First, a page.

6 Tips for Growing Plants Indoors

Posted by on Jan 25, 2022

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We’ve all been inside a lot more the past few years. As a result, many of us have brought the outside indoors. Houseplant demand has increased by 18 percent during the Covid-19 pandemic, according to the research done by Garden Pals. There are plenty of great reasons to keep foliage nearby. Plants remove 87 percent of airborne toxins within 24 hours. Having them around reduces stress and increases productivity. Who knew?

Of course, individual plants varietals have different requirements for light and water. If you choose wisely and are honest about the level of care you can give, you should be able to cultivate a thriving garden.

Decide on the Location 

The area where you want to hang or place a plant can help decide which type of greenery to consider. Variables like the amount of direct sunlight and humidity can help focus the search for the plants that will thrive in the location. If the leaves on your foliage turn out pale, that may mean they aren’t getting enough light. If they’re scorched, they may be getting too much. 

Plants like Calathea, Maidenhair fern, Boston Ferns, Bird’s Nest Fern are all popular for a reason — they can thrive indoors in your home, apartment or office. Moth Orchids and Peace Lilies keep their flowers for months. For those who have a brown thumb and forget to water their plants, cacti and succulents can work well. You may want to even use these in a terrarium.

Get the Light Right 
Different plants require different amounts of light. Some require direct sunlight, while others are quite happy chilling in the corner of a room with only a small amount of indirect light. If you want a plant that needs a lot of light but you are unable to provide this, consider a grow light. The specialists over at growlightinfo.com/full-spectrum-led-grow-lights write, “LED fixtures provide this ideal light and do so at a reasonable cost.” With the right LED light, a plant can thrive without needing windows or direct sunlight.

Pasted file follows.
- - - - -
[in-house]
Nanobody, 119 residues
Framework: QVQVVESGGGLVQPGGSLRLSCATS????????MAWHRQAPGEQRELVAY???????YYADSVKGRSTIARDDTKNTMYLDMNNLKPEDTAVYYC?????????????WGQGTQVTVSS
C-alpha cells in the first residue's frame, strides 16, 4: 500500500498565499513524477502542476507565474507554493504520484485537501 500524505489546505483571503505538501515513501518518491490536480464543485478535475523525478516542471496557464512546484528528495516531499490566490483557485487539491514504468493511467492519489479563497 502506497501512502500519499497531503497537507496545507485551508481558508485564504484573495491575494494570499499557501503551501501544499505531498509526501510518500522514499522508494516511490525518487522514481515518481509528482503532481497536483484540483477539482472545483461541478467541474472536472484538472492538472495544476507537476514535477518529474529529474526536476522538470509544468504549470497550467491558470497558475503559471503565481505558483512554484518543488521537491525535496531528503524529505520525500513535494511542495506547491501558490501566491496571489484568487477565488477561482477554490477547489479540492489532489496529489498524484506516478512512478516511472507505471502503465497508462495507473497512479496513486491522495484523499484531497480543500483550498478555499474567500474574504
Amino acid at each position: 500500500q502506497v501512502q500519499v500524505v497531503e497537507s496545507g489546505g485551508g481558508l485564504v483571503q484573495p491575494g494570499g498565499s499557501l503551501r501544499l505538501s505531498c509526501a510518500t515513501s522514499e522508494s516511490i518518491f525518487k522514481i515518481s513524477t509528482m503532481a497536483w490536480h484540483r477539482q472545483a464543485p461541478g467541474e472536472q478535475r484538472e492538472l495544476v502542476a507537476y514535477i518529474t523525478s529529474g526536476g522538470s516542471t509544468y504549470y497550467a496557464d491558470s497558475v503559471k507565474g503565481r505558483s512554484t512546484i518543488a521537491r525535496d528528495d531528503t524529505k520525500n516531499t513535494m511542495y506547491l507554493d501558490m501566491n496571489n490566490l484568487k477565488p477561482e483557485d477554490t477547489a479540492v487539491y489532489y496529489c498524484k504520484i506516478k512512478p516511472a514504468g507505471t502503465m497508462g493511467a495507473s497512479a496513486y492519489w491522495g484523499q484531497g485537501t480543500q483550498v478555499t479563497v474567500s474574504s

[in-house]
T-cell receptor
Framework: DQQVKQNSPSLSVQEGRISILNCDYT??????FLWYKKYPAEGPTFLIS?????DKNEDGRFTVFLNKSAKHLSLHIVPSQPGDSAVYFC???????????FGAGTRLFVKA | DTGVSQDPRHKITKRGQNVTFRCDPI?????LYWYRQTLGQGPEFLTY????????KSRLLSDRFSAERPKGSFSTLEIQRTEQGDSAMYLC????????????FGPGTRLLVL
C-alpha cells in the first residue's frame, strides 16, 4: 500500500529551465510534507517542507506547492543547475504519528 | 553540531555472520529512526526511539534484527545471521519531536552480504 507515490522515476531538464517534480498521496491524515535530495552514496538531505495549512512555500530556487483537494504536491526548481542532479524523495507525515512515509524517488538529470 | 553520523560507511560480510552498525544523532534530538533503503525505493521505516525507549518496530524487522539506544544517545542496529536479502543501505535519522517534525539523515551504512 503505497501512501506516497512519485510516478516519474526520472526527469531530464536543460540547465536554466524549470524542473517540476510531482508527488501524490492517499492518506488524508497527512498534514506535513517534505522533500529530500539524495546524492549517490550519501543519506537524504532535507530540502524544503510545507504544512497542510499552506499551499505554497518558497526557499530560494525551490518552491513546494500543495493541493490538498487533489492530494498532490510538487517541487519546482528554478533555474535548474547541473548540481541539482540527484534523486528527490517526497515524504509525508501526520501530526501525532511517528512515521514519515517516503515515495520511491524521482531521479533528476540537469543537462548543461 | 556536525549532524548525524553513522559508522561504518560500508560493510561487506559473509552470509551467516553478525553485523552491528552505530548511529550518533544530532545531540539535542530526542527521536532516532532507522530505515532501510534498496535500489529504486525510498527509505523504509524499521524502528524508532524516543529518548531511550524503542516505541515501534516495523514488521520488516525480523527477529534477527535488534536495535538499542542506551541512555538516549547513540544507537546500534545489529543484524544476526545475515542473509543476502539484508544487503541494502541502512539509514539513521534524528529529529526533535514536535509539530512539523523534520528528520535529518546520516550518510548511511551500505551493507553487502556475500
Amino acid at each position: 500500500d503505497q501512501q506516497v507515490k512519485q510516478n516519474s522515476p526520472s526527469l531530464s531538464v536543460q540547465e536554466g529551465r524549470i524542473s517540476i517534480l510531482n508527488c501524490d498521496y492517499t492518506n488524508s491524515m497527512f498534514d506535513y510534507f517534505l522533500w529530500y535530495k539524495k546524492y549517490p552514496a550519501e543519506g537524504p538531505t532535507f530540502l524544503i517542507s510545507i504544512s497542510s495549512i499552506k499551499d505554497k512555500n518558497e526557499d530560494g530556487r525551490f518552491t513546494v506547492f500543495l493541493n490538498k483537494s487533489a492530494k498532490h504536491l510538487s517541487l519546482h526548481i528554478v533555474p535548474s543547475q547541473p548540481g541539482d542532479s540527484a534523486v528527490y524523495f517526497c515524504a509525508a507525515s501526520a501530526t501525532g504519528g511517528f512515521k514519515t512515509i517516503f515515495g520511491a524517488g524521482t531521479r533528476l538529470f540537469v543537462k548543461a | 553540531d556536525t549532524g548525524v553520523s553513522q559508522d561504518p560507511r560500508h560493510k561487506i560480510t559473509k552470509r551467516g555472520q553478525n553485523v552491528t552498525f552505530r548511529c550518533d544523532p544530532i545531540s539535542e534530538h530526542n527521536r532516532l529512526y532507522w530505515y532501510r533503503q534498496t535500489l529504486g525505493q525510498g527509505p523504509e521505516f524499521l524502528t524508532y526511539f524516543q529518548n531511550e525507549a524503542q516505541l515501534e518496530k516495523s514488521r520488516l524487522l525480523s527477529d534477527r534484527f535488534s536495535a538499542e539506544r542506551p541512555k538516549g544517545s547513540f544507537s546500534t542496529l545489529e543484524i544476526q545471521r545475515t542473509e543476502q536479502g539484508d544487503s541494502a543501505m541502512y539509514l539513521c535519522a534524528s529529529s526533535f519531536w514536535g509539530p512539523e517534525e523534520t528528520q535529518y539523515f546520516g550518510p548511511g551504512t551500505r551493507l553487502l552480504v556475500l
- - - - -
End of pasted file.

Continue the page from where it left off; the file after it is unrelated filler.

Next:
Quality Soil 
Plants require different types of soil: Some need acidic soils, some neutral. Research the types of plants you have to find out which will work best. 

Repot When Necessary 
If your plant gets too big for its home and is showing yellow and brown leaves, you probably need to find it a larger one. Trim off the dead or dying leaves, give it a new, roomier pot (probably just one size bigger) and it will likely feel and look better soon. Be sure to add more potting soil to fill out the extra space. 

Water Wisely 
Indoor plants need more water than outdoor ones since the pots don’t hold as much water as the natural ground. Of course you can stick your finger in the pot to check for moisture. The Vera plant care app helps remind you when you need to water your plant. For owners who live in four season territory, plants require much less water in winter when your home is usually colder. In the summer, plants require more moisture. 

A general rule of thumb: Water plants when the top layer of soil has started to go dry. This way the roots are constantly a little moist. However, not all plants require this, so be sure to research your green friend. Some more tropical plants like humidity. To emulate this you can mist the leaves with a simple spray bottle filled with water or place rocks in the pot underneath the soil. 

Control Pests 
Outdoor plants and crops frequently struggle with pests. They can attack indoor plants, too. If you spot tiny flies, white marks on your leaves, or any unusual-looking plant matter, it’s time to check for pests and either use a pesticide or natural deterrent to remove the infiltrator.

Growing In a Tent 

Of course there’s more you can grow indoors than potted flowers. Oklahoma gardening demonstrates how you can place rows of vegetables and herbs in buckets on shelves in a grow tent. While the focus of the video is creating an educational project for students, most of the tips can be used for anyone who wants to grow food or plants indoors. 

These ideas can help you grow a nursery of plants at home, whether you like hanging plants running down your walls or small potted window plants. Care for them properly and they will live a long time.

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